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Why Fenty's fashion fell flat with consumers

By Don-Alvin Adegeest


Fashion |OPINION

A denim jacket with a price tag of just under 1,000 dollars was unlikely to be a bestseller. Neither a pair of ribbon rope sandals costing almost the same. Consumers buying into celebrity fashion ranges are on average a younger audience with less disposable income. Rihanna’s Fenty fashion may have just priced them out.

A pandemic keeping shoppers at home meant high octane looks took a back seat to comfort dressing. Not to mention that expensive luxury items fronted by celebrities are difficult to endorse because they often lack an origin of authenticity. Singers and performers are not designers, per se. Despite this, LVMH invested in the universe of Rihanna at a time when her lingerie and beauty brands were already commercial successes. Building a fashion and lifestyle house around a celebrity is a tricky business, it would appear, and needs more than the credibility of a star and investment to make it worthwhile.

Fenty fashion was short-lived

In less than two years LVMH and Fenty are calling it quits on fashion. With no new collections planned, suspending the label is a both a reflection of tepid markets and struggling sales. It also highlights the difficulty of launching a luxury brand with a creative director who has multiple businesses and contracts. A bonafide fashion label, one with seasonal collections, an international retail presence and one where at product level all is considered and well-executed, needs a strong creative leader. The 1,000 dollar denim jacket may be perfectly nice, but just because the label has a celebrity name attached to it, doesn’t make it covetable. Comparing Fenty fashion to Victoria Beckham’s label, the former Spice Girl singer fought incredibly hard to be respected by the fashion industry. Despite stellar reviews from her peers and customers, VB has struggled to make a profit ten years after it was founded.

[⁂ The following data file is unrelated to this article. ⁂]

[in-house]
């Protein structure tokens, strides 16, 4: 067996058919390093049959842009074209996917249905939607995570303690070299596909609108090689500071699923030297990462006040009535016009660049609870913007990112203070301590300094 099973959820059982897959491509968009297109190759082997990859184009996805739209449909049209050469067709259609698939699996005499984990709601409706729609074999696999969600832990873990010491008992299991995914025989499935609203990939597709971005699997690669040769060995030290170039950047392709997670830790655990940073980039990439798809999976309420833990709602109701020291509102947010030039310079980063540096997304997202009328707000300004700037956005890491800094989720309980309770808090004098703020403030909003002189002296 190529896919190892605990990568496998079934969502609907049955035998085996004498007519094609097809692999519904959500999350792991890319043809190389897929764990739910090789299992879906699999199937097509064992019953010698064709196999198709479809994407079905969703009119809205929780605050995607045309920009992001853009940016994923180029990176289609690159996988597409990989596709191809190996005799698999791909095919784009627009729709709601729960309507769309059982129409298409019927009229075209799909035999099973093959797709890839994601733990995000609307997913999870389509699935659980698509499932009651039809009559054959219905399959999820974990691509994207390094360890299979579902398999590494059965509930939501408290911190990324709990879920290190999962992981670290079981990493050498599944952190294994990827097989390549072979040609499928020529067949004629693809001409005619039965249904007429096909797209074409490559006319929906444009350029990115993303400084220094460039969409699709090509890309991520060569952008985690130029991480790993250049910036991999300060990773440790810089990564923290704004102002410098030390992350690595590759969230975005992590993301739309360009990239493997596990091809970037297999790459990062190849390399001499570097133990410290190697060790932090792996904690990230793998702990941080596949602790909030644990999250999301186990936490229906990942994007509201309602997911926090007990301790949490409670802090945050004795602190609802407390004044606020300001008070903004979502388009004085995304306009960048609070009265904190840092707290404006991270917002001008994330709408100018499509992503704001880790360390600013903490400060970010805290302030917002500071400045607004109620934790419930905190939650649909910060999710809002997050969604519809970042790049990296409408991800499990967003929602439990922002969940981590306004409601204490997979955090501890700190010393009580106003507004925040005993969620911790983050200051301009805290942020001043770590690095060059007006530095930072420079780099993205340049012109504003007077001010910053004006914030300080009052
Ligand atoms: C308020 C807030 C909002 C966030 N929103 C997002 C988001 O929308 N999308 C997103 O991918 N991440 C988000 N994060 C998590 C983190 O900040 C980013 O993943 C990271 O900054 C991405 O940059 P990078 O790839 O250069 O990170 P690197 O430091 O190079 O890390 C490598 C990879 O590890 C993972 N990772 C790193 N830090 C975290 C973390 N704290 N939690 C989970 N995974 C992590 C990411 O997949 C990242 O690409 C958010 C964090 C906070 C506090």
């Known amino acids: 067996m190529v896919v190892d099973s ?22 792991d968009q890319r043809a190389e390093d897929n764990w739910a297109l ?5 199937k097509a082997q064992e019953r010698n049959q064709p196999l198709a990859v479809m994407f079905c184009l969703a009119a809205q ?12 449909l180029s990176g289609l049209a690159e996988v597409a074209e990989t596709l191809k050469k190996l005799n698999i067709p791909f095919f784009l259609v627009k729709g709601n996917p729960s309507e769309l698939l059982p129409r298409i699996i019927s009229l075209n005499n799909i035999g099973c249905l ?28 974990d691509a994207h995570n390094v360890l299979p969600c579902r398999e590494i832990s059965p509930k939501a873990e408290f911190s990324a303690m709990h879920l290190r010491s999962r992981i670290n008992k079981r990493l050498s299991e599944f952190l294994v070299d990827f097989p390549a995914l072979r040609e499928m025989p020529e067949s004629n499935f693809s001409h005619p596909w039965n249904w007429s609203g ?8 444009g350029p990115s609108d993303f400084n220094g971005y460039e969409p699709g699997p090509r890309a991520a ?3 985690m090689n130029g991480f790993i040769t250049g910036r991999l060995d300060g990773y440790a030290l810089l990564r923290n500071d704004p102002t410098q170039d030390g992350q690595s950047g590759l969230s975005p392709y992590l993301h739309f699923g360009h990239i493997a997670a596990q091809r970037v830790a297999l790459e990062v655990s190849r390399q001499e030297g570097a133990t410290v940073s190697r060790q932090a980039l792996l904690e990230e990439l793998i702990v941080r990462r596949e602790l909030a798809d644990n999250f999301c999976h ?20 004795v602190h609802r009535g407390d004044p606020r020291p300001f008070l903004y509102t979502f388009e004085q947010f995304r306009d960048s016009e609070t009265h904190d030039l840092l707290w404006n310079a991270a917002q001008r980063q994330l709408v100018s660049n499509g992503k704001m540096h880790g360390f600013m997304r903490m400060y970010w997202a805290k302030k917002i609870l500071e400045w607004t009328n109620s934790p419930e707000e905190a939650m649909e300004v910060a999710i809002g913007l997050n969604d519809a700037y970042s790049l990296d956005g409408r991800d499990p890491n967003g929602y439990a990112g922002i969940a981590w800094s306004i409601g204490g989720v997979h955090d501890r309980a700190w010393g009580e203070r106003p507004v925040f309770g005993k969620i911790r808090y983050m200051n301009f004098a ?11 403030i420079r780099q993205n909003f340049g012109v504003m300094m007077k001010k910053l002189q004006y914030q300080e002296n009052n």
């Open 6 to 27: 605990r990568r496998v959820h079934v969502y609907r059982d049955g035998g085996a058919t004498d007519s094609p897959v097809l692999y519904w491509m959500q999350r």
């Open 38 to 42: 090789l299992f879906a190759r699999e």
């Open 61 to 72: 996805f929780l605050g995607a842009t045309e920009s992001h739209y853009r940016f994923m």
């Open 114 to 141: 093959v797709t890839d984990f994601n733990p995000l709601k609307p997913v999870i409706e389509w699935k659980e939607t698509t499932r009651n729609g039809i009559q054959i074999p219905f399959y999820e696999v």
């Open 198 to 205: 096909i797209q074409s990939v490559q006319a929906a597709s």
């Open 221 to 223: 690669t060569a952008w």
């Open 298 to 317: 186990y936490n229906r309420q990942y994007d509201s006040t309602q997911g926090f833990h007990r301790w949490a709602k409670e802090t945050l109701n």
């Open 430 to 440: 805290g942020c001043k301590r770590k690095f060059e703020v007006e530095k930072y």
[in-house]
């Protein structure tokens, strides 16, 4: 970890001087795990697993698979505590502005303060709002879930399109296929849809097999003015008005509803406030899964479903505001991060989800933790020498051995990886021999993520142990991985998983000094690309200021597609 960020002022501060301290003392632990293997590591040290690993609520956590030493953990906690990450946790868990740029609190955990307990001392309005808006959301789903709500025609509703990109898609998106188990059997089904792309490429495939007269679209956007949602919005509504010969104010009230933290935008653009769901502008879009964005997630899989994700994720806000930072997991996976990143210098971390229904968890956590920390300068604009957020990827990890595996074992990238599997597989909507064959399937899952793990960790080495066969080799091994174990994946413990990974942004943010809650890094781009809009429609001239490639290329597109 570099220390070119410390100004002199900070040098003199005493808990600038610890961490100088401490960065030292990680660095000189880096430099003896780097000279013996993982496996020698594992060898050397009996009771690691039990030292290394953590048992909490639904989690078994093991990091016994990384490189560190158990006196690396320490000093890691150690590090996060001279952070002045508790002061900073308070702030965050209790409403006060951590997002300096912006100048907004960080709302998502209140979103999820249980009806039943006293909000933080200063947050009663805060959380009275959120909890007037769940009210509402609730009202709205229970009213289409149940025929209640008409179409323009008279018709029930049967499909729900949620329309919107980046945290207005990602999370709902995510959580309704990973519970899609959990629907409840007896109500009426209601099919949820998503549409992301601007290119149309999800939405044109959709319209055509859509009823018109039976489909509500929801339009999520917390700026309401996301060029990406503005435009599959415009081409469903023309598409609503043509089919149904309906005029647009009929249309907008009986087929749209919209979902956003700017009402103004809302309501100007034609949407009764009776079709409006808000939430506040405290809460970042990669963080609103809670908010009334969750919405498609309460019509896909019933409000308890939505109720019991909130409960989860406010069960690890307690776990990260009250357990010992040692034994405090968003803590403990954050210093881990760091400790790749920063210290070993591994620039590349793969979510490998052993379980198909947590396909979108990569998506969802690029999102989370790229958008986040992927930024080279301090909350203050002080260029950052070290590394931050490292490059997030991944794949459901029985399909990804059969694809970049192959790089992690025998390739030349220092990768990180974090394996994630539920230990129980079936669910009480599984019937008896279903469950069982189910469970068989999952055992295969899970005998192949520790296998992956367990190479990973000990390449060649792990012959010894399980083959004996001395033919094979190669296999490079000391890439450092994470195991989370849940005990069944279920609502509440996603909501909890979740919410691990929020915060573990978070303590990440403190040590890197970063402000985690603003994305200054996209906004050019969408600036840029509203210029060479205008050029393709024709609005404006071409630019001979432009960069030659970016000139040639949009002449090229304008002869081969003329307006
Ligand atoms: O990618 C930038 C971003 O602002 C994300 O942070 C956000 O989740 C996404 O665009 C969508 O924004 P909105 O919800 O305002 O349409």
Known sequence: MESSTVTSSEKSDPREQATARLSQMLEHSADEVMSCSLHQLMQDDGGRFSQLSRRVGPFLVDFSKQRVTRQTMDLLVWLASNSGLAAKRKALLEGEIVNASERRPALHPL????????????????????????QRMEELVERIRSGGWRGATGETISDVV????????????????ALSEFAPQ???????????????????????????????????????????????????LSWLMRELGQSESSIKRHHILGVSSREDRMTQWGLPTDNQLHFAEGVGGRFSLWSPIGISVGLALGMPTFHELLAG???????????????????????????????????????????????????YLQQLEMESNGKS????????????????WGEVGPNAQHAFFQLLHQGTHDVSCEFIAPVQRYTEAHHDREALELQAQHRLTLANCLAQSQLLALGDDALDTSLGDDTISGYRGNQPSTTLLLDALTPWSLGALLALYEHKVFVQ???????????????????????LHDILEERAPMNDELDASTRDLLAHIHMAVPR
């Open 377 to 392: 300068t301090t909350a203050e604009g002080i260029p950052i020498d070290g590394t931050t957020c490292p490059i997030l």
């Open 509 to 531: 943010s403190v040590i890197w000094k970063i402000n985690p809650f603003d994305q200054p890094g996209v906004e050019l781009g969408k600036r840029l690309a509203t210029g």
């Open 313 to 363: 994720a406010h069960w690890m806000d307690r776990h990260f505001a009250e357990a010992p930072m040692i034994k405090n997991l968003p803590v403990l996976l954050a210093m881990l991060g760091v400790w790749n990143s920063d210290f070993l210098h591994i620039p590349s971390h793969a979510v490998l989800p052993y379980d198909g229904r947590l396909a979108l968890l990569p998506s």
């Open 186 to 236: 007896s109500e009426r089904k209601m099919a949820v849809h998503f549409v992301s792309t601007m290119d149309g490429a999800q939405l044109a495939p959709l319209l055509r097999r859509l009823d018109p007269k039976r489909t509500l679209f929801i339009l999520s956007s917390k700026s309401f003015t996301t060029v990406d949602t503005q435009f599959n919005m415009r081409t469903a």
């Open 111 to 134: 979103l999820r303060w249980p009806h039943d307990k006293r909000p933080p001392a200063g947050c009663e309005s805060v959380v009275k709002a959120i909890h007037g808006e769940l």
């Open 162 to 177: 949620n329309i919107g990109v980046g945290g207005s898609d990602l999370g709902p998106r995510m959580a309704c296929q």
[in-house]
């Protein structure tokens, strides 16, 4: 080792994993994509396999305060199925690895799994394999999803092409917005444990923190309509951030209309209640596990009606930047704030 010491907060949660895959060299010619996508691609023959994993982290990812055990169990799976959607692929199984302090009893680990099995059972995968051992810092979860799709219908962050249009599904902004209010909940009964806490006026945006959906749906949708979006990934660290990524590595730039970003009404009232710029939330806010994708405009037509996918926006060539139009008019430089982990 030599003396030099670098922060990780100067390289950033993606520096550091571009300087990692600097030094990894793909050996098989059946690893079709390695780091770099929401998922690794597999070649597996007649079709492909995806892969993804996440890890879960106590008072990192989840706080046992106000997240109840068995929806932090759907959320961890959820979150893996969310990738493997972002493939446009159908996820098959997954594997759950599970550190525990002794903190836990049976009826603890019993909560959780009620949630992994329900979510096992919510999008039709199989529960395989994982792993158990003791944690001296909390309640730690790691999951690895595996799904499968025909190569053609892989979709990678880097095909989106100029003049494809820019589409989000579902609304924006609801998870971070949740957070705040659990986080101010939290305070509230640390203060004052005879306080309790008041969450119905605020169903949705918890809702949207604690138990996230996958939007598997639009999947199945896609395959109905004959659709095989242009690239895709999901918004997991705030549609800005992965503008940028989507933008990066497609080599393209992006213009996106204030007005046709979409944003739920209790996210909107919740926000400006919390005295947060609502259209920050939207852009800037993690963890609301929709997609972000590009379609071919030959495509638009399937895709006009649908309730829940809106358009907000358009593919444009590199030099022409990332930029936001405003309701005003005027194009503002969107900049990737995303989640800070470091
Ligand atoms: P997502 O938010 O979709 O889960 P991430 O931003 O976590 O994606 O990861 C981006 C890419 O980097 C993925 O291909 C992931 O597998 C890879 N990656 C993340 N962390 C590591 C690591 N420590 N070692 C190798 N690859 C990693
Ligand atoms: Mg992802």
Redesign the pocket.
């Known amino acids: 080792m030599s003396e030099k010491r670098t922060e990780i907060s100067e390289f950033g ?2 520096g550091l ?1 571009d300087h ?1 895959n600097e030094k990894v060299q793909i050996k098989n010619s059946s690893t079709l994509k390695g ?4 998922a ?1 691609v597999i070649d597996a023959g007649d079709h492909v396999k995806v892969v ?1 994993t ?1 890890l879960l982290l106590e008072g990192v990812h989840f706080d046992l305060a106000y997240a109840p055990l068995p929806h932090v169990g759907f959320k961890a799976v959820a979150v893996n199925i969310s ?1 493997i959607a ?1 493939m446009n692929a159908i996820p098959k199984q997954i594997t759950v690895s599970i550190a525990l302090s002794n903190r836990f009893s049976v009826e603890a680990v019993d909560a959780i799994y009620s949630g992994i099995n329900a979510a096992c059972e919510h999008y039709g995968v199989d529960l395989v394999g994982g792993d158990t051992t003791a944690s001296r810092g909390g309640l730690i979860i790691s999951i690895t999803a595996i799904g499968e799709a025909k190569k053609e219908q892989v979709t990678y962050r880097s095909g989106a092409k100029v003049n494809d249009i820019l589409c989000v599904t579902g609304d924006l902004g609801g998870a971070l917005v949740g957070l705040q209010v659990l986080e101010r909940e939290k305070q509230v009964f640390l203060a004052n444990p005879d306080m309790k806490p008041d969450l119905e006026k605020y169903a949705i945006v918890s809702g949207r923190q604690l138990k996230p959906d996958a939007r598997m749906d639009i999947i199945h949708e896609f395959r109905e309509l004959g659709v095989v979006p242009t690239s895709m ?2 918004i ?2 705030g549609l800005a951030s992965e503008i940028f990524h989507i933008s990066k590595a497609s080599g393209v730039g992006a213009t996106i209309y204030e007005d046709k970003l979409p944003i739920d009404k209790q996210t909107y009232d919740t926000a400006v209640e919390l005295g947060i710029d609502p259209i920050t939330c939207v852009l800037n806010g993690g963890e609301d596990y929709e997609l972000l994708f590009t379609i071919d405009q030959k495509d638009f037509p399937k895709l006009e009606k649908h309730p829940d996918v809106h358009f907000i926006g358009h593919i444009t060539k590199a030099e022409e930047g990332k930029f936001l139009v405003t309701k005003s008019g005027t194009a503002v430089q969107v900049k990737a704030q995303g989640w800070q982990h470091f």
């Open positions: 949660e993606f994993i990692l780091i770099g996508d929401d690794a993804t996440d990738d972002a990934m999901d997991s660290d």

Did LVMH make a mistake?

LVMH’s investment vehicle L Catterton raised 115 million dollars for the Savage X Fenty project. To put its fashion arm on hiatus is a “rare misstep for one of the world’s most effective celebrity polymath,” wrote the New York Times. It is also a misstep for LVMH, a builder of brands and gatekeeper of luxury. It will have to sell ample of Fenty’s beauty and lingerie projects to make a return.

“It is a reminder that just because someone has an enormous cultural following and no-holds-barred taste, it does not mean they will make great, original clothes,” the NY Times quipped.

The year 2020 ravished the luxury industry, including the portfolio of LVMH, arguably the world’s most powerful luxury group. The company saw sales amid store closures and global lockdowns fall by nearly one-third in comparison to 2019. Building a new Maison into a solid business on the premise of a celebrity-backed product didn’t work. Even today, it remains unclear what Fenty fashion stands for, which product categories and design features represent the essence of the brand? Rihannaa herself was certainly more high octane than directional fashion when it came to red carpet dressing and her public persona.

Many fashion brands and designers continue to unfairly suffer in the wake of the pandemic. For others, perhaps the bad is being weeded from the good.

Image via Fenty website

Savage x Fenty
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